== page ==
Cyclone Idai Has Caused Massive Devastation in Mozambique, Malawi and Zimbabwe

Cyclone Idai is one of the most destructive storms to hit this region of Africa in decades. The death toll is still unknown, but likely to be in the thousands. Hundreds of thousands of people in Zimbabwe, Malawi and Mozambique have been displaced and vast numbers of houses, structures and farmlands have been destroyed.

Mozambique is the hardest with vast stretches of land submerged.

From Save the Children

According to the Government of Mozambique, 600,000 people have been affected, more than 1,000 people may have lost their lives and 100,000 need to be urgently rescued near Beira.

Aerial assessments in Sofala province, in the center of the country, show that an area more than 30 miles wide has been completely submerged. They also show that Buzi town, which is estimated to be home to more than 2,500 children*, could be under water within 24 hours.

“The scale of this disaster is growing by the minute and Save the Children has grave concerns about children and their families still at risk as flood waters continue to rise,” said Machiel Pouw, Save the Children’s response leader in Mozambique.

“The assessment emerging from Mozambique today is chilling. Thousands of children lived in areas completely engulfed by water. In many places, no roofs or tree tops are even visible above the floods. In other areas, people are clinging to rooftops desperately waiting to be rescued.

The UN’s International Disaster Relief System Has Been tapped.

When a crisis like this strikes where government lacks the capacity to deal with the disaster on its own, the United Nations system for rapid humanitarian response snaps into place.  UN humanitarian agencies like the World Food Program and UNICEF, and international NGOs like Save the Children and Oxfam coordinate their responses through the UN’s Office for the Coordination of Humanitarian Affairs, or OCHA.

This system has become incredibly efficient in recent years, with specific agencies and NGOs in charge of discrete aspects of the response. This is known around the UN as the “cluster system” and was developed by OCHA following uncoordinated and duplicated responses to the 2004 Indian Ocean Tsunami.  This modern form of international disaster relief is able to relatively swiftly get food, medicines and personnel to places affected by a sudden disaster, saving countless lives over the years.

Cyclone Idai has triggered that response mechanism.

From the WFP

Food stocks are being identified in all three countries, as well as in South Africa and Zambia. Twenty tons of high-energy biscuits are being airlifted to Beira from a WFP-run emergency response depot in Dubai. The organization has contracted a transport helicopter to fly into cut-off regions, and is funding drones to support Mozambique’s disaster management agency, the INGC, with emergency mapping. Field personnel, including logistics and telecoms experts, are being deployed.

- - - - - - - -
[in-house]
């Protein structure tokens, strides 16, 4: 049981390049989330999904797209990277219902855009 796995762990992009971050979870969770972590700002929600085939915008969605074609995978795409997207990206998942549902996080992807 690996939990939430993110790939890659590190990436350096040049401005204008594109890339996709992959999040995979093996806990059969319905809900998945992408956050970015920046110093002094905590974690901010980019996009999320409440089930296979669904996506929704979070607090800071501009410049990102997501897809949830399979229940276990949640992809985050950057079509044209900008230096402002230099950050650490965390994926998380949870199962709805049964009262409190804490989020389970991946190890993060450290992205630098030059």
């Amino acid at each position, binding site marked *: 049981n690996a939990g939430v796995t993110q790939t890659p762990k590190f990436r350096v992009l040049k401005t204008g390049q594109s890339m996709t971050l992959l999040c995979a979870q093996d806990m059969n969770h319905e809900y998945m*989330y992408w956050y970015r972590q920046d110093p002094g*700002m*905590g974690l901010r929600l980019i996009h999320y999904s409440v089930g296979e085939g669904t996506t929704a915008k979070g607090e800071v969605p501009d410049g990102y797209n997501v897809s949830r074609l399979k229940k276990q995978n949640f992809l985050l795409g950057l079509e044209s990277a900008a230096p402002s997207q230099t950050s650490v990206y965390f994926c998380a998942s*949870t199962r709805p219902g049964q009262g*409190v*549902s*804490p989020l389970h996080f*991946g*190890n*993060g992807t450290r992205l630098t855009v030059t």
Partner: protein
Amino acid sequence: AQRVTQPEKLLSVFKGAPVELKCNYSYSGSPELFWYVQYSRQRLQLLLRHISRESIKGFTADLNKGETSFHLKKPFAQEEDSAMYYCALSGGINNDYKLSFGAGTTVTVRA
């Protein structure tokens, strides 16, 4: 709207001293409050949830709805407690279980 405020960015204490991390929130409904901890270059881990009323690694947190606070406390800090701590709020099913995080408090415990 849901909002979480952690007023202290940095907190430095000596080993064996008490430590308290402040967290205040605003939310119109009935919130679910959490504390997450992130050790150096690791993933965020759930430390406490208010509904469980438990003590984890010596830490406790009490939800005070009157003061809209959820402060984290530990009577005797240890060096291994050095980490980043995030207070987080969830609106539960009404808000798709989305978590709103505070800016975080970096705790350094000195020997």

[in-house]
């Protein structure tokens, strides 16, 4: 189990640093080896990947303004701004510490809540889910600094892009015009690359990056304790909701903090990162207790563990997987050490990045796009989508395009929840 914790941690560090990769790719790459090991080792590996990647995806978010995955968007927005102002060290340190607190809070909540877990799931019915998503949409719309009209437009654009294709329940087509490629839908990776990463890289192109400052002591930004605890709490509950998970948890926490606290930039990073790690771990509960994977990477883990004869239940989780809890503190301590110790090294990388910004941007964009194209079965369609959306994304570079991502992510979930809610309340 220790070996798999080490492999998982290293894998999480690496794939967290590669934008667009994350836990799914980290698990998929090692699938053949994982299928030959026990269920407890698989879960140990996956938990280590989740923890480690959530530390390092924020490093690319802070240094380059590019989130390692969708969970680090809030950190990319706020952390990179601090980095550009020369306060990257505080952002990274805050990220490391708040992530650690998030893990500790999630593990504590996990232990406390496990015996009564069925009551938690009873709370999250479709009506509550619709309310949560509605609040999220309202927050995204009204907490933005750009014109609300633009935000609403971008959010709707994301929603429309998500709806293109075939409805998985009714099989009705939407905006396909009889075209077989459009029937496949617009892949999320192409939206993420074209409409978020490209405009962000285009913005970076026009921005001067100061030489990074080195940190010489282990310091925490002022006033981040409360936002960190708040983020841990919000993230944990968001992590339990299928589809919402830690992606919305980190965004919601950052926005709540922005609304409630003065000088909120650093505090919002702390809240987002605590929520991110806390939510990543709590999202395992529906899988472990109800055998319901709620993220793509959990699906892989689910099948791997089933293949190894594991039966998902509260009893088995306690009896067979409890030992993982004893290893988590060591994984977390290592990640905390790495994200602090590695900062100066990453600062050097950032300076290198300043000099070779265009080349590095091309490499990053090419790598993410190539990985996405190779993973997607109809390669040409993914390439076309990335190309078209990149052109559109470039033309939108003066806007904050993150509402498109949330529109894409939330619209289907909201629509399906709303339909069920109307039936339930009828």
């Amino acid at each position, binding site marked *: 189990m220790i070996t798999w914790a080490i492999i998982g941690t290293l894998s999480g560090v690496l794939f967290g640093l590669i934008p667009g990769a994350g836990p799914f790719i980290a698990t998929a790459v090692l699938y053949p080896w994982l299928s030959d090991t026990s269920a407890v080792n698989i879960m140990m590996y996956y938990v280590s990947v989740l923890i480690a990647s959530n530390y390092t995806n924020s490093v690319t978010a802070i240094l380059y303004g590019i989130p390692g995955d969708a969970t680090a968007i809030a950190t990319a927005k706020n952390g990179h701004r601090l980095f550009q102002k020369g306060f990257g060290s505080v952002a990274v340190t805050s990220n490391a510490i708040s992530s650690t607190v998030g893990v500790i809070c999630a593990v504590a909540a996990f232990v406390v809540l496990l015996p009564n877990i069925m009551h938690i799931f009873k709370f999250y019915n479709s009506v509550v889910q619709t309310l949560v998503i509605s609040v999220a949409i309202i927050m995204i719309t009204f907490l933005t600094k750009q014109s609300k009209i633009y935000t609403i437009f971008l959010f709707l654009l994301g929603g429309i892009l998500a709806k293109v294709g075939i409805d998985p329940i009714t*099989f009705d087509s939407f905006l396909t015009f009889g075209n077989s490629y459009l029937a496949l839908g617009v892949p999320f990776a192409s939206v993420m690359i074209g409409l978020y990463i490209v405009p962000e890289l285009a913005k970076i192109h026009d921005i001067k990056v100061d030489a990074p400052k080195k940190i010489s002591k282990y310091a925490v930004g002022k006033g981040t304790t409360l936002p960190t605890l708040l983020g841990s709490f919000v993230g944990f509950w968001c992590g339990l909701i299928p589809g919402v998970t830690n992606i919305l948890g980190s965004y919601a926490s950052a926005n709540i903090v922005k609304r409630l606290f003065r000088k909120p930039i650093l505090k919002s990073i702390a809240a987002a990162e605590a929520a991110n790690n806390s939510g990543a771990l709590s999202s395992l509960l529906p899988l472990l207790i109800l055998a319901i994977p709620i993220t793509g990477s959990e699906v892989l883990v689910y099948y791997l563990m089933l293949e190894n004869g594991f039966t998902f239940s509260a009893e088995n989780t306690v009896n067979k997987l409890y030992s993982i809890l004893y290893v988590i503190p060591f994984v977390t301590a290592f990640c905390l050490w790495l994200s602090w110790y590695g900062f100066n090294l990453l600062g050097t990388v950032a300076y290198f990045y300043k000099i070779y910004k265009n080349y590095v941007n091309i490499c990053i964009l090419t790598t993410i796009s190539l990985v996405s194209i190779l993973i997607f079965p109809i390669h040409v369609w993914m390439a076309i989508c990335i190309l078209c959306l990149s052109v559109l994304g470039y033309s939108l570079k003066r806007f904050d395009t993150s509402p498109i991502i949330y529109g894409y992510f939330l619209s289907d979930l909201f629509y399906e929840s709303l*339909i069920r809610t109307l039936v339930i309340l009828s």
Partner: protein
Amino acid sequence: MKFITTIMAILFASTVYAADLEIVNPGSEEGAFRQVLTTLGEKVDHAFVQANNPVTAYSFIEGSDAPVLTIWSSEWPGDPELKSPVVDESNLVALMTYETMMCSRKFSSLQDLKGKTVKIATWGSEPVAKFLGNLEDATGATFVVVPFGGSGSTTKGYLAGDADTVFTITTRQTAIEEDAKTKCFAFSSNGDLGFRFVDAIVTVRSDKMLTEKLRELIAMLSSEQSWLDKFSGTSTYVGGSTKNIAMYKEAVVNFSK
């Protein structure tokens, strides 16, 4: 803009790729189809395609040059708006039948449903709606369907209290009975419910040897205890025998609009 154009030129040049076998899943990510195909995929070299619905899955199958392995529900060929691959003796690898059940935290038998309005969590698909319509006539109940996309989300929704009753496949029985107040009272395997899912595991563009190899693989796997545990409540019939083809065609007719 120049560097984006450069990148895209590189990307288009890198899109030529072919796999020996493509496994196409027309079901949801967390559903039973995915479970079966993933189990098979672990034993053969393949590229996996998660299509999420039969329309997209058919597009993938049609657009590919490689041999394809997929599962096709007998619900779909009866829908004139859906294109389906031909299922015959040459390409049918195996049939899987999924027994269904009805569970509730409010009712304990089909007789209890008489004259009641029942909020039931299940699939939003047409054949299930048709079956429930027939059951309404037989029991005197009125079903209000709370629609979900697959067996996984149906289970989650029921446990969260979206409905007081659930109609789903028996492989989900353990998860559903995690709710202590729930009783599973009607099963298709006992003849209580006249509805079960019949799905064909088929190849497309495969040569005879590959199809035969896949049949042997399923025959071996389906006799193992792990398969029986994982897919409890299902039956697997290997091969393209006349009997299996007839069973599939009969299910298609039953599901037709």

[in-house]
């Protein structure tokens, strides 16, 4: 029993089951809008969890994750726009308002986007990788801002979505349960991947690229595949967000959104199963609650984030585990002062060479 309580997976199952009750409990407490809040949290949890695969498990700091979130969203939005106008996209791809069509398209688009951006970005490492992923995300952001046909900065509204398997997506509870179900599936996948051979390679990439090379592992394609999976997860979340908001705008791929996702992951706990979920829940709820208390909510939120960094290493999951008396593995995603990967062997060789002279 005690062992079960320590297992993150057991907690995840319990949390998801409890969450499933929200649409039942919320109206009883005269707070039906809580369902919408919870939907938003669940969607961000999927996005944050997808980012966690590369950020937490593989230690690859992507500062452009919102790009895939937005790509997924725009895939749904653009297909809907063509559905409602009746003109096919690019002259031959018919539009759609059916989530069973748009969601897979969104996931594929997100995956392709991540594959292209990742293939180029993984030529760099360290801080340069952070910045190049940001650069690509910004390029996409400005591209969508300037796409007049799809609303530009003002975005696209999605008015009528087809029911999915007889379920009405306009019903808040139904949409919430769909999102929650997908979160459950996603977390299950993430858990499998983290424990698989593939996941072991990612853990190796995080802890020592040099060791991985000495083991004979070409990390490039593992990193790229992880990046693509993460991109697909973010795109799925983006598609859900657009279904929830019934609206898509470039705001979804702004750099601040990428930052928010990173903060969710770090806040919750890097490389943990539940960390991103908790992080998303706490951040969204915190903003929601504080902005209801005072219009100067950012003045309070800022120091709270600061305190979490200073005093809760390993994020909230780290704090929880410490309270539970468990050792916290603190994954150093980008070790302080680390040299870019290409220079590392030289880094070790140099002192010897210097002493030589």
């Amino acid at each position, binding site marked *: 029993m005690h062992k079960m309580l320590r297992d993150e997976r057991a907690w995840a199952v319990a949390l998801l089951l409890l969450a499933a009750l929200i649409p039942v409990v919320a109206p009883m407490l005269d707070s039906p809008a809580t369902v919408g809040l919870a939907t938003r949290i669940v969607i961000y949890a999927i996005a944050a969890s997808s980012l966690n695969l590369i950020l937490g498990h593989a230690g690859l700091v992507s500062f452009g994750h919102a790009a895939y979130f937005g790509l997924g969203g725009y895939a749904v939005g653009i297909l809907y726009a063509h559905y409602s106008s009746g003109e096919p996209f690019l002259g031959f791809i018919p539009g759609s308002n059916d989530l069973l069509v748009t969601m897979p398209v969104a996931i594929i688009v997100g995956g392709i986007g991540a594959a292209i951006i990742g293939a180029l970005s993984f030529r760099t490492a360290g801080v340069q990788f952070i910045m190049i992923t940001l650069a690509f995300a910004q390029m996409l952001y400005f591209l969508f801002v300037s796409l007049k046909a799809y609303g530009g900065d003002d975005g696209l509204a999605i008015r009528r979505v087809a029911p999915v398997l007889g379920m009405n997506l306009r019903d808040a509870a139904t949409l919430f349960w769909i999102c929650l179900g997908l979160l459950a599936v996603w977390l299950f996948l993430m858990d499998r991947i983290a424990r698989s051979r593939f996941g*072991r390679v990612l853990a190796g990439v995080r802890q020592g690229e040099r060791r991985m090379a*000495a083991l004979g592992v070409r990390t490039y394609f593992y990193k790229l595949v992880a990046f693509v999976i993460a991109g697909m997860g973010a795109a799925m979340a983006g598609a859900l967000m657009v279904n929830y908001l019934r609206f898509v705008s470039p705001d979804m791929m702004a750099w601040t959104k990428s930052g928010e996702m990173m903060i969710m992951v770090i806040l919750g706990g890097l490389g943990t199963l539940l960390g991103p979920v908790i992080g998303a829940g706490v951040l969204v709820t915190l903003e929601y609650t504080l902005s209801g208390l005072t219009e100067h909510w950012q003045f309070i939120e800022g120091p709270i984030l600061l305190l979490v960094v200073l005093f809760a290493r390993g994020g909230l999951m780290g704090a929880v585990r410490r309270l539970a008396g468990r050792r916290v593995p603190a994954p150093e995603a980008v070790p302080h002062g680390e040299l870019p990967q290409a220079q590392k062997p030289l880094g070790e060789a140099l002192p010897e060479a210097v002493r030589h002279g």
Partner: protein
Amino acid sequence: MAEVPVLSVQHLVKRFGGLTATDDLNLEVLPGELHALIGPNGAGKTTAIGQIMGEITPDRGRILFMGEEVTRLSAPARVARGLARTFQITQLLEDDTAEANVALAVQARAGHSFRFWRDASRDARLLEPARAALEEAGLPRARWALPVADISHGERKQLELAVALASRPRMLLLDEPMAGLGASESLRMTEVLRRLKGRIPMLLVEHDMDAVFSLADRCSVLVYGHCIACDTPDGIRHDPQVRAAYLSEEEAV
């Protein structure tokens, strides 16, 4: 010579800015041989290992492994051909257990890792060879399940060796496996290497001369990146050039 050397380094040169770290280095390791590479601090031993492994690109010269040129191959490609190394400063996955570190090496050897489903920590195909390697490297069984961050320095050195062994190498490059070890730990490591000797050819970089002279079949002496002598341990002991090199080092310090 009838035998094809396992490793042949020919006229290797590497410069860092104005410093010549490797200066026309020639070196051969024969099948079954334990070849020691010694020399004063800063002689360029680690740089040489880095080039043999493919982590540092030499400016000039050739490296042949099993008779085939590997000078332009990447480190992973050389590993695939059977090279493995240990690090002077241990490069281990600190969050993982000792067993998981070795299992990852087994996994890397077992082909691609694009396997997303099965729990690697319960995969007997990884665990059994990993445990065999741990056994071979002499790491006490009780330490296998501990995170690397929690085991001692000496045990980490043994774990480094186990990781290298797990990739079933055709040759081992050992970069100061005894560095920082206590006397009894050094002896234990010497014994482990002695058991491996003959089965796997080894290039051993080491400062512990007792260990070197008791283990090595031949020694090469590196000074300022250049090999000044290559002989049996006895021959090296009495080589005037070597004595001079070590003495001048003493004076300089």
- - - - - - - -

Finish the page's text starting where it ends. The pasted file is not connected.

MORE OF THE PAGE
UNICEF is working with partners to support the Governments of the affected countries to provide life-saving interventions to meet the needs of children and women impacted by the cyclone and floods. The response will include Health, with a focus on cholera response and prevention; Education, to minimize service disruption and enhancing safe access to schools; Protection, catering particularly to the needs of internally displaced persons (IDPs); WASH, to ensure access to clean and safe water, increased use of sanitation facilities and hygiene promotion and; Nutrition, focusing on preventing under-five mortality attributable to malnutrition.

One complicating factor in every response to a crisis like this is funding. UN agencies like UNICEF and WFP are funded like charities. They require constant fundraising, mostly from donor countries, to maintain their emergency relief operations. (And, recently, the Trump administration has sought to eliminate American funding for UNICEF). This means that when a disaster like this strikes, these agencies must go to donors, hat in hand, to fund their response. All to often, donors do not rise to the occasion. In 2018, every disaster in the world –manmade and natural — required $24.9 billion for relief agencies but only about half was actually raised.  

So, even as UN agencies are getting more and more efficient at saving lives in disaster, their ability to do so is constrained by constant funding shortages. To the extent that Cyclone Idai can capture the attention of key donors, these agencies will be able to reach more of the hundreds of thousands of people of Mozambique, Malawi and Zimbabwe who are effected by this crisis.